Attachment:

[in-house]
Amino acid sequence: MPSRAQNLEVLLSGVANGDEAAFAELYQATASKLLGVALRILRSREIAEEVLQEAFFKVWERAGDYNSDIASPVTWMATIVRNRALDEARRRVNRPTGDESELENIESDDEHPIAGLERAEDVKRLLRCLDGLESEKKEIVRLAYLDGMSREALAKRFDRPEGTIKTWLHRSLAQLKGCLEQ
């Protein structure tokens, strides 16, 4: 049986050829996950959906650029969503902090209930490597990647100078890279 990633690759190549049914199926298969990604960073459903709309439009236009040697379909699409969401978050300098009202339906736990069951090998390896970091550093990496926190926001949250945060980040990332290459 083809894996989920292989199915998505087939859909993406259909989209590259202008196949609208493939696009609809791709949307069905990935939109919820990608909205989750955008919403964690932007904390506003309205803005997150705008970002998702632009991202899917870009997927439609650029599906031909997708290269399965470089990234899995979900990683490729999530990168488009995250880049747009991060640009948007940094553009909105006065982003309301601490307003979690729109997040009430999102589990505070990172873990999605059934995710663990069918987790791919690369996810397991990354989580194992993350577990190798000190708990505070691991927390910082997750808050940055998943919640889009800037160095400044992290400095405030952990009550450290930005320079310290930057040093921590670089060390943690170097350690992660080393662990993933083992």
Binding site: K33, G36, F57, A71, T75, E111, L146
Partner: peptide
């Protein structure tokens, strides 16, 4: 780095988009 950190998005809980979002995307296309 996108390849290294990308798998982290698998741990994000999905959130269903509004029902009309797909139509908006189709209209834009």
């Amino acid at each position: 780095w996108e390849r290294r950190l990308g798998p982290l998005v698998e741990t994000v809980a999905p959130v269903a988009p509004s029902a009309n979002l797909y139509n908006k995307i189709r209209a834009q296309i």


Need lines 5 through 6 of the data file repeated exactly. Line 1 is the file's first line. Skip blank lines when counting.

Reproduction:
Partner: peptide
């Protein structure tokens, strides 16, 4: 780095988009 950190998005809980979002995307296309 996108390849290294990308798998982290698998741990994000999905959130269903509004029902009309797909139509908006189709209209834009």